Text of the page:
The first few moments of interaction with prospects are the most crucial. It’s in those instants that prospects form an initial opinion about the value of investing time, any amount of time, to speak with you. In the first 10 seconds of your interaction, prospects decide if you have something worthwhile to offer that is relevant to their goals or challenges...or if you are “just another salesperson” attempting to sell a product or service—someone most often dismissed with a “send me some literature” request.
What do you say in those first critical moments?
Communicating your sales message, and communicating it effectively, requires three closely related concepts working in concert.
What are these concepts? Stimulate… Differentiate… and Validate.
Do you say something that stimulates the prospect’s interest—grabs his or her attention? Do you make a provocative statement that gets the prospect thinking? Do you ask a thought-provoking question that serves as a springboard to a conversation? Or, do you recite a formulaic “commercial” that focuses the spotlight on your company, product, or service?
Prospects have heard all of the canned commercials before…and they quickly tune out anything that sounds like one. They don’t want to hear about your company or the products or services it provides…unless there is a clear connection between that information and a recognized need or relevant goal. You must make that connection first.
If prospects are going to invest even a few minutes to talk with you, the only thing they want to know is, “What’s in it for me?” How effectively you answer that question in a thought-provoking manner will determine if prospects grant you those few minutes.
Imagine a salesperson who sells solvent recycling equipment speaking to the CEO or CFO of a manufacturing company that uses a significant amount of industrial solvents in its fabrication processes. Which of the following statements is most likely to stimulate interest and motivate the executive to have a conversation with the salesperson?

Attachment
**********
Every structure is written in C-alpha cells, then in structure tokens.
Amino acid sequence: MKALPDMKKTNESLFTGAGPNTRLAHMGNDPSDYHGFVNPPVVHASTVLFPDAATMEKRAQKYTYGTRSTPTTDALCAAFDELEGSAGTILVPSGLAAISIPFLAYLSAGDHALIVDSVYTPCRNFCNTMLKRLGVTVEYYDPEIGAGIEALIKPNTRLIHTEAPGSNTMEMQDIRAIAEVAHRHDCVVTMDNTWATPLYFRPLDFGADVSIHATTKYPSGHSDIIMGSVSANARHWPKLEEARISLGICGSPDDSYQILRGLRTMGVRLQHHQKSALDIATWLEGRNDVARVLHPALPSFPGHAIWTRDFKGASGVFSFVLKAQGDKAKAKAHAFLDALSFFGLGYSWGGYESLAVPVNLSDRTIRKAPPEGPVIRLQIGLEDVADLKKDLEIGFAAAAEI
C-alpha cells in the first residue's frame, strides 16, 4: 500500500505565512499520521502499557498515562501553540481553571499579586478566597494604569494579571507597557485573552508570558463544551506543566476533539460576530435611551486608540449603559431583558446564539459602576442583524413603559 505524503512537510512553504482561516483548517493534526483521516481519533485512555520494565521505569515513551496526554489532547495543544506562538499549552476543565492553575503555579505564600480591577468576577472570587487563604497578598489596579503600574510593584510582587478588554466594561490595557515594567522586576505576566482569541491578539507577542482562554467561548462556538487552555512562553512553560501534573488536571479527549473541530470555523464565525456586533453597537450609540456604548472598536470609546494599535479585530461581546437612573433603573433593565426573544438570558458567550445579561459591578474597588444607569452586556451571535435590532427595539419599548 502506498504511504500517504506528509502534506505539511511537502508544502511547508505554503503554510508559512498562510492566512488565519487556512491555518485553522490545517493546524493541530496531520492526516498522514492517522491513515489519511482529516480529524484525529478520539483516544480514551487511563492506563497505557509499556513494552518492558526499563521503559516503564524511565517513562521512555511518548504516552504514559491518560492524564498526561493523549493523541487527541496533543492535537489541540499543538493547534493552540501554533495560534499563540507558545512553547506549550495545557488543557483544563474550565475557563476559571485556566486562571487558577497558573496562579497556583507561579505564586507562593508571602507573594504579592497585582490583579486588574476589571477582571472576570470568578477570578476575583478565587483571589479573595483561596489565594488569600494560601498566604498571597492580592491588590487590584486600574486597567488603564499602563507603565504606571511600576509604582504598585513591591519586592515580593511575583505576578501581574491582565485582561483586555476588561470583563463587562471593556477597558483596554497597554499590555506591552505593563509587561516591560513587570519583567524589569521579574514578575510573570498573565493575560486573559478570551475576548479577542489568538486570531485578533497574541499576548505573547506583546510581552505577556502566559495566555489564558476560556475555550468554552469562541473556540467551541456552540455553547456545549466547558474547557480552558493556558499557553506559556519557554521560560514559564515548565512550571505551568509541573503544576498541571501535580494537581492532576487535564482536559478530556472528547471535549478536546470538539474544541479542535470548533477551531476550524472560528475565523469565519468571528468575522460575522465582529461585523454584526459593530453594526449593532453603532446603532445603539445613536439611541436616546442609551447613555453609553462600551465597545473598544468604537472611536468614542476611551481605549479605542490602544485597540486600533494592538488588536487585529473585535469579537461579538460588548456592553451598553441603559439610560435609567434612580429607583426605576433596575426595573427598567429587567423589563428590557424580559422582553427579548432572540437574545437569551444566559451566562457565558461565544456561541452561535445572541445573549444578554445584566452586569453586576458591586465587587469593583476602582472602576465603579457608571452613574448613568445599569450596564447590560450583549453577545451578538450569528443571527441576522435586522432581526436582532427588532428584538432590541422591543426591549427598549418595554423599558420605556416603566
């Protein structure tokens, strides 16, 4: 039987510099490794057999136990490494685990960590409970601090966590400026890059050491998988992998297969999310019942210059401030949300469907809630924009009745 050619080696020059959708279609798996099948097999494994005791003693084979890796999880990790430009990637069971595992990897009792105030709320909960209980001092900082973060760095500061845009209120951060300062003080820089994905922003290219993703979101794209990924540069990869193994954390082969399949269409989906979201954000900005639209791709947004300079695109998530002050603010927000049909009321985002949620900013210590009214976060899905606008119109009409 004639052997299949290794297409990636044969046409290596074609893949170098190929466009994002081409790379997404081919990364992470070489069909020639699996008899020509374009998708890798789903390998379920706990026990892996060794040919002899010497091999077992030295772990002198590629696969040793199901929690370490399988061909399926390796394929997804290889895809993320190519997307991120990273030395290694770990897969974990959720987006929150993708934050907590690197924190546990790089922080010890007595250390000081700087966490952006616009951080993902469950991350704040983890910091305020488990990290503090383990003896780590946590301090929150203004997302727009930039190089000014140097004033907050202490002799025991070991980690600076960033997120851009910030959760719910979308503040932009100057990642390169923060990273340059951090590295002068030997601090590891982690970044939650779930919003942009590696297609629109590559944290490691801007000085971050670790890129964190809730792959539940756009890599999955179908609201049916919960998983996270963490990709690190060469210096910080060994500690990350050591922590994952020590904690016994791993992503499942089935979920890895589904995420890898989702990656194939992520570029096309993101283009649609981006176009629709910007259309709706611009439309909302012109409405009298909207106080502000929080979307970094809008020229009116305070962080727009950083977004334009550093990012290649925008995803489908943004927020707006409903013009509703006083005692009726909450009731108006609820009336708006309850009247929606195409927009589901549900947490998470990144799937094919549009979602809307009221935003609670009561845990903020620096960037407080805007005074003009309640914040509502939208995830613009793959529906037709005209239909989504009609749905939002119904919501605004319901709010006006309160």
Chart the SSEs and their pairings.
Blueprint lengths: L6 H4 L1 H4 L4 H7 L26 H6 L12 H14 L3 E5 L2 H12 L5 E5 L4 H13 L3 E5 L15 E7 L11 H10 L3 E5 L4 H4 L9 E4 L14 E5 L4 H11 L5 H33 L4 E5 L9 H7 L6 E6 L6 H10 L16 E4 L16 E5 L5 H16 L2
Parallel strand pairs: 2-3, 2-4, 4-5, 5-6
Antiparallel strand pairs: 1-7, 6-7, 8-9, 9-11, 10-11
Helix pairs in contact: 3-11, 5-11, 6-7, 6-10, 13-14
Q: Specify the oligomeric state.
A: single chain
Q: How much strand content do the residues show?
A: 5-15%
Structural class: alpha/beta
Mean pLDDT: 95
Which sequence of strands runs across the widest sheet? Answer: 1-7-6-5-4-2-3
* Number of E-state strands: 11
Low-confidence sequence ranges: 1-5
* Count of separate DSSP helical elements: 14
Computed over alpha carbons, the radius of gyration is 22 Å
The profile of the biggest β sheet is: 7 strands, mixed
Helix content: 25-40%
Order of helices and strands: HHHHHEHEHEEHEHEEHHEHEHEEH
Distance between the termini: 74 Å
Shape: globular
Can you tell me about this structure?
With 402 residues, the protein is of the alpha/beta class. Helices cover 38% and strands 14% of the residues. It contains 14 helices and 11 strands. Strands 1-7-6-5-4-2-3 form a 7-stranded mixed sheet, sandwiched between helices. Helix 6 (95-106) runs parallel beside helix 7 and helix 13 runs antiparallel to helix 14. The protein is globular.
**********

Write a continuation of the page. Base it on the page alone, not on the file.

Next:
It’s quite likely that as much as 90% of the amount your firm spends on industrial solvents and 95% of the amount spent to comply with regulations for the storage and disposal of used solvent is totally unnecessary.
We are the leading U.S. manufacturer of fractional distillation solvent recycling equipment. We’ve been producing systems for industrial applications for over 17 years, and can configure effective and efficient turn-key solutions for any size manufacturing concern…including yours.
Did you choose the first? Doesn’t that statement, at the very least, arouse curiosity?
What about the second statement? The information may be important…but not until there is a connection to a relevant issue. (A connection the first statement suggests.) Until then, the information is just a collection of facts in which the executive is likely to have little, if any, interest.
Once a relevant connection is established, you must differentiate your product or service, not only from your competition, but also from any preconceived negative notions prospects may hold. How do you do that? Not by dwelling on the features and functions of your product or service, but rather by focusing on the beneficial outcomes your product or service produces. To illustrate that, let’s continue with the previous example:
Companies often perceive on-site recycling initiatives to be expensive and complicated. Many are…but they don’t have to be. Unlike our competitor’s multi-unit systems with multi-step operations, our small-footprint systems are self-contained sealed units, designed for single push-button operation. The payback period for the initial investment is typically under two years. And, as I mentioned earlier, the subsequent savings on solvent costs are usually about 90% and disposal costs are typically reduced by 95%.
Next, you must validate the prospect’s recognition of relevance. Again, the focus is on beneficial outcomes for the prospect. Here’s what that might sound like:
Mr. Thompson, I don’t know if your company has ever seriously considered a solvent recycling initiative as a means of cutting costs and improving profits. But, let me ask you this: “Is it something worthwhile exploring? And, would it make sense to schedule an appointment where we could exchange some information and determine to what degree we could help you achieve the results we’ve helped other companies in your industry achieve?”
If eliminating unnecessary costs and improving profits are important, the CEO or CFO is likely to agree to an appointment.
If you want to get your message across in a meaningful manner—one that leads to an appointment rather than a request for literature—stimulate the prospect’s interest with thought-provoking statements, differentiate your offering in outcome-related ways, and validate the prospect’s recognition of the benefits of those outcomes.